Tableaux Photography and Gregory Crewdson

The View From Primrose Hill

Tableaux photography means ‘living pictures’ and involves the staging of the image, often through theatrical lighting. I had been aware of the tableaux genre of photography before but had managed to skip the part of the definition that the lighting often played a major role. Therefore I had been of the impression that a tableau was simply a staged photograph; particularly one that was made up of composites in order to tell a story. I would still say some of the composites I have produced before tell stories but they and the example below taken on Primrose Hill are tableaux in a looser sense of the genre. This is because they don’t incorporate any special lighting or cooperation from their subjects. Instead they rely on the composite technique to suggest possible relationships between the figures in the scene and the scene itself by their juxtapositions.

The View From Primrose Hill
The View From Primrose Hill

With the work of Gregory Crewdson however, all variables seem to be taken account for; particularly the lighting and the position/expressions of the people in the scene. He describes his work as ‘frozen moments’ – “It’s a moment frozen in mute, without a before or an after. It’s of this world, but separate to the world as well.”- (Crewdson, 2017). That is because he crams hours and hours of preparatory work into a single frame; often utilising the help of a large crew of stage workers one the scene of the photograph, almost like a movie.

© Gregory Crewdson (2006) - Untitled, Summer 2006
Fig. 1 © Gregory Crewdson – ‘Untitled, Summer 2006’ (2006)

Crewdson usually uses twilight as his preferred lighting situation where the ambient light and artificial light counteract, creating tension. I feel like Crewdson is looking for tension throughout his images, from the lighting to the people’s expressions and their relationships with each other to the message conveyed: one of isolation yet connection. This latter tension is mostly inferred by me from an interview he took part in where an interesting question was asked. The interviewer Hatty Nestor asked: ‘The French philosopher Roland Barthes said: “A specific photograph, in effect, is never distinguished from its referent.” Do you think these photographs demonstrate a similar trajectory, in that they originate from an environment that is nostalgic for you? Is solitude at the heart of these images?’ – (Nestor, 2017). This was interesting for me because I had come across the quote by Barthes before in Camera Lucida and was of the opinion that indeed a photograph couldn’t be separated from its referent. However, I wondered  at what this could mean for the subjectivity of photography. In Crewdson’s response to Nestor’s question he answers this question I had posed to myself before: ‘Speaking of Barthes, … most photographers are drawn to the medium by some separation they feel from the world.’ and ‘That theme runs throughout my pictures, but I do also think photographers want some sense of connection. Those two things come together in this series: a sense of being alone, while also wanting to feel connected.’ – (Crewdson, 2017 cited in Nestor, 2017). So the tension Crewdson is creating is one of separation yet wanting to feel connected and perhaps this is a reflection of his self.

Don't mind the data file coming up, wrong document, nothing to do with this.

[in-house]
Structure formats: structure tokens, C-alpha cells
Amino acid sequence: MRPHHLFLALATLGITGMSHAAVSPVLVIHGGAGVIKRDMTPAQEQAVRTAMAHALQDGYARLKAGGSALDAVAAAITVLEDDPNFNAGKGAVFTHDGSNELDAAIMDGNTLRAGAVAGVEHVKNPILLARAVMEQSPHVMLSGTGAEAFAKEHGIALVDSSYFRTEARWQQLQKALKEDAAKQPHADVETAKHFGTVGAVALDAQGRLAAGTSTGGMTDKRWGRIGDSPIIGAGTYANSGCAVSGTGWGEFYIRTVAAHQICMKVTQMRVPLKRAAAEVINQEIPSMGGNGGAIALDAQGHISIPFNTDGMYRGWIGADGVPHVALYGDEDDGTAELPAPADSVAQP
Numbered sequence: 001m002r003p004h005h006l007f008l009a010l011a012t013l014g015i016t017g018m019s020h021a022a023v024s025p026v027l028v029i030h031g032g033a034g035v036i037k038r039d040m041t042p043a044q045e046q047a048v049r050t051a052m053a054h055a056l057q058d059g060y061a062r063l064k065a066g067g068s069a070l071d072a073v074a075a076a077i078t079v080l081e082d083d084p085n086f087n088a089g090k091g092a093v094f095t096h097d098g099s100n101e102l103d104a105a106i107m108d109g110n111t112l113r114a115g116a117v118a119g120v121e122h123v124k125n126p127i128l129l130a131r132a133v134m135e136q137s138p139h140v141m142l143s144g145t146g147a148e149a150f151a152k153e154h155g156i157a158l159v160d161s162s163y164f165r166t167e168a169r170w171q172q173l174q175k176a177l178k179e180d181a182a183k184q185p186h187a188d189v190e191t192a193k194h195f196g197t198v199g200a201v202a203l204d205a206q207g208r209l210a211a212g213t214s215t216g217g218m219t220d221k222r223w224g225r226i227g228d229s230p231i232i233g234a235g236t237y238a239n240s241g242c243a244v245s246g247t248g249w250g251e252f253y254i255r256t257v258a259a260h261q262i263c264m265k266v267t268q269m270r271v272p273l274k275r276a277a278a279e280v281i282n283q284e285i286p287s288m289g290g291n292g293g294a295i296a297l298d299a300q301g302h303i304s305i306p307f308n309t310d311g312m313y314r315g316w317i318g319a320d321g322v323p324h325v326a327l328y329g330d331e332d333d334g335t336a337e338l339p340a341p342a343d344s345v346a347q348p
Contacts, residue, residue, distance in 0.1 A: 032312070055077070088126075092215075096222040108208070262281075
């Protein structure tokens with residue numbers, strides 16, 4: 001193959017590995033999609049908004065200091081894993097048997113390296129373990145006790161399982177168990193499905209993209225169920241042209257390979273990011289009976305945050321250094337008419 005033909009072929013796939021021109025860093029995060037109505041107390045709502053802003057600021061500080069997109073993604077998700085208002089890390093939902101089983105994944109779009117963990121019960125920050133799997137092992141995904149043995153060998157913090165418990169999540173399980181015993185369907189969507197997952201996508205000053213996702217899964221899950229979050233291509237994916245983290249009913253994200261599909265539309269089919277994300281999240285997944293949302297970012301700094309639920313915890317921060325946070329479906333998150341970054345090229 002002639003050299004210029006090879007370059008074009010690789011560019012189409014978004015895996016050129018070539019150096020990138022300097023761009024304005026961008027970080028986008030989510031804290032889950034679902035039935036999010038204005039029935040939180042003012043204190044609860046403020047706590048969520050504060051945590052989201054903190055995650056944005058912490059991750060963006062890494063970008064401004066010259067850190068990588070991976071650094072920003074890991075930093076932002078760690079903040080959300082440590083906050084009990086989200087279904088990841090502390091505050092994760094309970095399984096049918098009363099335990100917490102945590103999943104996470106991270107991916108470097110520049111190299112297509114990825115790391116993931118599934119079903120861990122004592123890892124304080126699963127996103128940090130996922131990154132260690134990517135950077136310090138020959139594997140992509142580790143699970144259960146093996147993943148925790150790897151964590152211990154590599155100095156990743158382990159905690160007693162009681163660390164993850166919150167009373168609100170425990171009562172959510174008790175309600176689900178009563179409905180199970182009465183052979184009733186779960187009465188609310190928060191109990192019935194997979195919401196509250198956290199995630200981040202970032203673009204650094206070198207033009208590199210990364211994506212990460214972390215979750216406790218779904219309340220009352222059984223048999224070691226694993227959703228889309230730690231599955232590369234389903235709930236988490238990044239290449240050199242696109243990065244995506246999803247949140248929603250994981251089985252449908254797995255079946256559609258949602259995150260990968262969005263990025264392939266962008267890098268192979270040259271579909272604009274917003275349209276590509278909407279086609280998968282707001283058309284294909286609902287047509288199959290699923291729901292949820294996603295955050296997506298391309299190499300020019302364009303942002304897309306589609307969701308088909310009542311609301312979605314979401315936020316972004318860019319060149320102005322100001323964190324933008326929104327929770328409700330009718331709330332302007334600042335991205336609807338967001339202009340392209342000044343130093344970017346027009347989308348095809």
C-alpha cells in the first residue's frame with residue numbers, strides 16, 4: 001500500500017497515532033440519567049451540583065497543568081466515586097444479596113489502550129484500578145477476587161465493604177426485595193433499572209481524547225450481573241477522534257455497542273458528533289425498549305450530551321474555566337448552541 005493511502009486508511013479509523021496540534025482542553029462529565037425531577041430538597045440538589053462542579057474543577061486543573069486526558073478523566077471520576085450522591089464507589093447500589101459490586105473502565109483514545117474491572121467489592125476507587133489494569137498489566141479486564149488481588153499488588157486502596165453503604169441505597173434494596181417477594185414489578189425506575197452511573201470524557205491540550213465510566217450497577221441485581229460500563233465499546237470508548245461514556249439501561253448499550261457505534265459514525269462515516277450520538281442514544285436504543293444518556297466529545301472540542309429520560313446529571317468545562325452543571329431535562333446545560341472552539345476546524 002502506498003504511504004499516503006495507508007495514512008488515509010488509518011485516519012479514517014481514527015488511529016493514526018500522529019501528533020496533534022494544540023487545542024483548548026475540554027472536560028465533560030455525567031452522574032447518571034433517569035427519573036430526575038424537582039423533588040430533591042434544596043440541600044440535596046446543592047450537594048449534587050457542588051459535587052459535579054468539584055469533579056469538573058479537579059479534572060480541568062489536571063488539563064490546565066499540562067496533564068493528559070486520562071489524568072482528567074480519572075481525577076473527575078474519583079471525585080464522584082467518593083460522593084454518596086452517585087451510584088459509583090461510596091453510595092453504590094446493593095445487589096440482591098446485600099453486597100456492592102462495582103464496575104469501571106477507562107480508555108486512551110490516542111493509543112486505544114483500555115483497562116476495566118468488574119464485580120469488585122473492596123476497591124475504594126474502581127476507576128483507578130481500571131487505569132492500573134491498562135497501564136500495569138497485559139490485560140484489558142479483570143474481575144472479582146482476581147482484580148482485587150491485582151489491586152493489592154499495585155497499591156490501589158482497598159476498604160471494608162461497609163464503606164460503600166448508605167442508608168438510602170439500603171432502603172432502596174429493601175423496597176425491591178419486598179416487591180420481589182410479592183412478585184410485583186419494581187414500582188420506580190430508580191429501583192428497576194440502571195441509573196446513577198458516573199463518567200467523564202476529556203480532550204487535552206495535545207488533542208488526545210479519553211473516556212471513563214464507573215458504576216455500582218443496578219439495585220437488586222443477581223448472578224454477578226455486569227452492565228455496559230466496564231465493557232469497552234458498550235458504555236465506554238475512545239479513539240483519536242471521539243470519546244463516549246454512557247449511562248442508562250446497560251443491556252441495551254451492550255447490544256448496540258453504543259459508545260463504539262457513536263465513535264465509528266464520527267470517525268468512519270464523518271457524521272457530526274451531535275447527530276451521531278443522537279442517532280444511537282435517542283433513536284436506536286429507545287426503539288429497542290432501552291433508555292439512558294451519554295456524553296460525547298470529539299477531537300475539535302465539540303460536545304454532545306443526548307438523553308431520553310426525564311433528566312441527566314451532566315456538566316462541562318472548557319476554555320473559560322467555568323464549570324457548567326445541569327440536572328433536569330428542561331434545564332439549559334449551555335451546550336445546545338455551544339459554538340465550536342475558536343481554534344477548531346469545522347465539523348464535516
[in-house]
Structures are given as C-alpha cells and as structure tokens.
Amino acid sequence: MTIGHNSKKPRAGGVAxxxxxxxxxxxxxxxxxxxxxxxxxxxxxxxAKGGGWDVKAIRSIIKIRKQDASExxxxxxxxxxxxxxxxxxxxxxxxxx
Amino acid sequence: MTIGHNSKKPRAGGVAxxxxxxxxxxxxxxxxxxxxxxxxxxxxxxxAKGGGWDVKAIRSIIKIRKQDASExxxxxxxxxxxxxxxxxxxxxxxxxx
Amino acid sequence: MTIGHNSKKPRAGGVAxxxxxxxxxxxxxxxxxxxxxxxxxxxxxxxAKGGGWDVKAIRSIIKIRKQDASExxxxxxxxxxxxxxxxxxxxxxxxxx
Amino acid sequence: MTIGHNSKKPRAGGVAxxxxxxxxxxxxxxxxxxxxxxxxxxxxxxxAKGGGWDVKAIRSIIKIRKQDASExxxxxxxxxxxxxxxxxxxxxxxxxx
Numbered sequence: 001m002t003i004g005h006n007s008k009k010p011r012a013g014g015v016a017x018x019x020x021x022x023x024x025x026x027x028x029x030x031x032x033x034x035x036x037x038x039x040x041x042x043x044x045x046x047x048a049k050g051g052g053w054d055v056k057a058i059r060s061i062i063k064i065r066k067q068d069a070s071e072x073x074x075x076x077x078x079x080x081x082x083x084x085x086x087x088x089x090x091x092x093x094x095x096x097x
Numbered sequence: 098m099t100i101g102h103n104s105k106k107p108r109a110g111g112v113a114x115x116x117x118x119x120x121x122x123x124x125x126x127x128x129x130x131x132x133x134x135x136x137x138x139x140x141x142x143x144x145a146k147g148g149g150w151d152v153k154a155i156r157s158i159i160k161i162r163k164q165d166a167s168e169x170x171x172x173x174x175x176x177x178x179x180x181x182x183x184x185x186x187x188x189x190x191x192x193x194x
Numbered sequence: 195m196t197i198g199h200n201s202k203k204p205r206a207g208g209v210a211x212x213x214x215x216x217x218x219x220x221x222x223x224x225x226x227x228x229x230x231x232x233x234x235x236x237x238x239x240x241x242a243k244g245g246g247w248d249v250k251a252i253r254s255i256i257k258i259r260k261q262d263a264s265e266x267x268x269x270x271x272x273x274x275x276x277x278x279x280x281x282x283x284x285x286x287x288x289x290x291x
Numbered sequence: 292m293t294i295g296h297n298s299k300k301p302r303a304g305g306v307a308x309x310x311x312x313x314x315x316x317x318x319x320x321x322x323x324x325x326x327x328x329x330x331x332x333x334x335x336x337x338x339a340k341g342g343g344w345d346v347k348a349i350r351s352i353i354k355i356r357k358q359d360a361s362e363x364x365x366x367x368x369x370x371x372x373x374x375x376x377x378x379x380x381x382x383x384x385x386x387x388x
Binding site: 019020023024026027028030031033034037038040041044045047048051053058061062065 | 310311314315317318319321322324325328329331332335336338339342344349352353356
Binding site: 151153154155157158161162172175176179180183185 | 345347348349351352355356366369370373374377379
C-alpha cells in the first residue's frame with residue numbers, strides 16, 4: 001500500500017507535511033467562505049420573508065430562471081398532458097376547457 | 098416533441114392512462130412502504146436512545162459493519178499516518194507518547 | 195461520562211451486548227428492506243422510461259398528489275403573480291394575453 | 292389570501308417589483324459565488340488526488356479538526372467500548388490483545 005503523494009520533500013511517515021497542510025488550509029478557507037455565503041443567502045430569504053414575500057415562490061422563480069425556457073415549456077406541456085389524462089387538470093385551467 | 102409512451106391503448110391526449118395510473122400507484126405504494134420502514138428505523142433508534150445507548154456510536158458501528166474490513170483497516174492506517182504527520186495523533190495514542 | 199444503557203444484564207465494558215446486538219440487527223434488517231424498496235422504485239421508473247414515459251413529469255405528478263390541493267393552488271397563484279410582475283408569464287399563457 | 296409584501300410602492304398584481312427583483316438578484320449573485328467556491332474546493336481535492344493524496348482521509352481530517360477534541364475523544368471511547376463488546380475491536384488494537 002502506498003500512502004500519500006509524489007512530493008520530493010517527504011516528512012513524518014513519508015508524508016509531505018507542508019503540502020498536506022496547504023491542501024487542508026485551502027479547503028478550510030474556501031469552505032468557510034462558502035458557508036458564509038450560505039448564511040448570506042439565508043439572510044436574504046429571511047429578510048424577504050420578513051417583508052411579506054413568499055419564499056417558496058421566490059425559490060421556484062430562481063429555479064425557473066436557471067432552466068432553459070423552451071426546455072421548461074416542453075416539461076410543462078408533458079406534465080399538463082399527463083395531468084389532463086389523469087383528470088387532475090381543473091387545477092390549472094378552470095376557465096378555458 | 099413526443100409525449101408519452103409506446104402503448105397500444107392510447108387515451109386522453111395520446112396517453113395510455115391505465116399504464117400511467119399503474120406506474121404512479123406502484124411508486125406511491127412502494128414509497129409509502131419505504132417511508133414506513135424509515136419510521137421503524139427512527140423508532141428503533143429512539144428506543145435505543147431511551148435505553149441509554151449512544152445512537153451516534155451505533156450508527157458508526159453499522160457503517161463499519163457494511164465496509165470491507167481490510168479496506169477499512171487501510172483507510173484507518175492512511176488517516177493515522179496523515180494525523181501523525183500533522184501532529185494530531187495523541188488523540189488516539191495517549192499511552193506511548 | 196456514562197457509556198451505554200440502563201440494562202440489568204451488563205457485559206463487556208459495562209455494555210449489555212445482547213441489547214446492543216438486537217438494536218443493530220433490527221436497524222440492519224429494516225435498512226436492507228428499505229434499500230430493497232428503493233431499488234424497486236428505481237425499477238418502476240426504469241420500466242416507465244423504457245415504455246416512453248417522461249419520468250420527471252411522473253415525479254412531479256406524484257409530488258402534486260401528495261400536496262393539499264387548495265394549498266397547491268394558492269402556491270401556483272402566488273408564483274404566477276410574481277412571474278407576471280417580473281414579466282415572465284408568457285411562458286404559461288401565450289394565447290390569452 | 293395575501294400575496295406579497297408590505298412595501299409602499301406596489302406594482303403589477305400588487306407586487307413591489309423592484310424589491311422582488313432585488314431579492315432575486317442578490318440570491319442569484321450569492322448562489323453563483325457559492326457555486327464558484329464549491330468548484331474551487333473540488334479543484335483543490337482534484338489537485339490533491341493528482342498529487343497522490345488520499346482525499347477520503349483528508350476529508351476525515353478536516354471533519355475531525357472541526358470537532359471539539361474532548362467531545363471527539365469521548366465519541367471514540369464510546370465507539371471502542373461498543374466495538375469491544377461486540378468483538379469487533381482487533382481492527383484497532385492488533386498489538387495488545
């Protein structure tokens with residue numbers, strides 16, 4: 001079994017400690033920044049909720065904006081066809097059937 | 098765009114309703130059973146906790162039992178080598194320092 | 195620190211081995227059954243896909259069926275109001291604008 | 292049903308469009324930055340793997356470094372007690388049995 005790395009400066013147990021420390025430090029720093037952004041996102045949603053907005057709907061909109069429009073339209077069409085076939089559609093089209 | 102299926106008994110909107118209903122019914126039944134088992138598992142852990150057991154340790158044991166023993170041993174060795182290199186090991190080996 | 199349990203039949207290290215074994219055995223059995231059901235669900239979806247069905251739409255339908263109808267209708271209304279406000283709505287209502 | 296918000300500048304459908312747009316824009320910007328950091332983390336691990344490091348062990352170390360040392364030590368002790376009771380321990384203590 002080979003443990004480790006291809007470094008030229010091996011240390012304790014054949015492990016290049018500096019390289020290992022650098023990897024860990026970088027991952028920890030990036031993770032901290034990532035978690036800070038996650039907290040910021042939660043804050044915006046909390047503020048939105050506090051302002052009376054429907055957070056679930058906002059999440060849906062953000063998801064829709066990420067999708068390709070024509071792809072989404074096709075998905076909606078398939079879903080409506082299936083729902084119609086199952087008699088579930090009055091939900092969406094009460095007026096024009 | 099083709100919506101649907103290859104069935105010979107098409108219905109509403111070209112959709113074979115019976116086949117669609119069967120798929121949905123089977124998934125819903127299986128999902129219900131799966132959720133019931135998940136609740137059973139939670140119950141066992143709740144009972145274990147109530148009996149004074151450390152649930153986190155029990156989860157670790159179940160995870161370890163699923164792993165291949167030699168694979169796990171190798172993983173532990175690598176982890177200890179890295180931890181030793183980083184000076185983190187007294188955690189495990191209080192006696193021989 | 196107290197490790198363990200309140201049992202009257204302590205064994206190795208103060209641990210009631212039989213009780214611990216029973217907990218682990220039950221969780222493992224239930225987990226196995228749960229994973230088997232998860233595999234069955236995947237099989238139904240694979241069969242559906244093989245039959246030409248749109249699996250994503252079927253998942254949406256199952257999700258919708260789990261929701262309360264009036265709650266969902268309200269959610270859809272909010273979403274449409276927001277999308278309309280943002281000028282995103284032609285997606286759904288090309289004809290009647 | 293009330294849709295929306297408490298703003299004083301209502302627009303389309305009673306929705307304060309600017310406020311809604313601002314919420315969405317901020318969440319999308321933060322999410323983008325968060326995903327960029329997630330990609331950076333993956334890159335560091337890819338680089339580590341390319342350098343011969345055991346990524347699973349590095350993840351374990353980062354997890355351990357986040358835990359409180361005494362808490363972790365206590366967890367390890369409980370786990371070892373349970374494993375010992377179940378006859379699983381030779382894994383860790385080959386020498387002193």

There is also a lot of mystery attached to Crewdson’s photographs and I would suggest this is down somewhat to the staged lighting. If I was to pursue the tableaux genre further I feel it would need to be interiors as I would have much more control over the lighting, without the need for a stage crew! I do think the composite approach I’ve employed is effective but the factor of staged lighting is more key to the tableaux genre.


Fig. 1 Crewdson, G. (2006). Untitled, Summer 2006. [Photograph]. Retrieved from: (Accessed 14/03/2019).

Crewdson, G. (2017) Gregory Crewdson: ‘I wanted the photographs to feel like a suburban window, to give a sense that the viewer is looking into a world’. At: (Accessed 14/03/2019).

Crewdson, G. (2017) Show: Gregory Crewdson’s Cathedral of the Pines. At:  (Accessed 14/03/2019).

Nestor, H. (2017) Gregory Crewdson: ‘I wanted the photographs to feel like a suburban window, to give a sense that the viewer is looking into a world’. [Online] Available from: (Accessed 14/03/2019).

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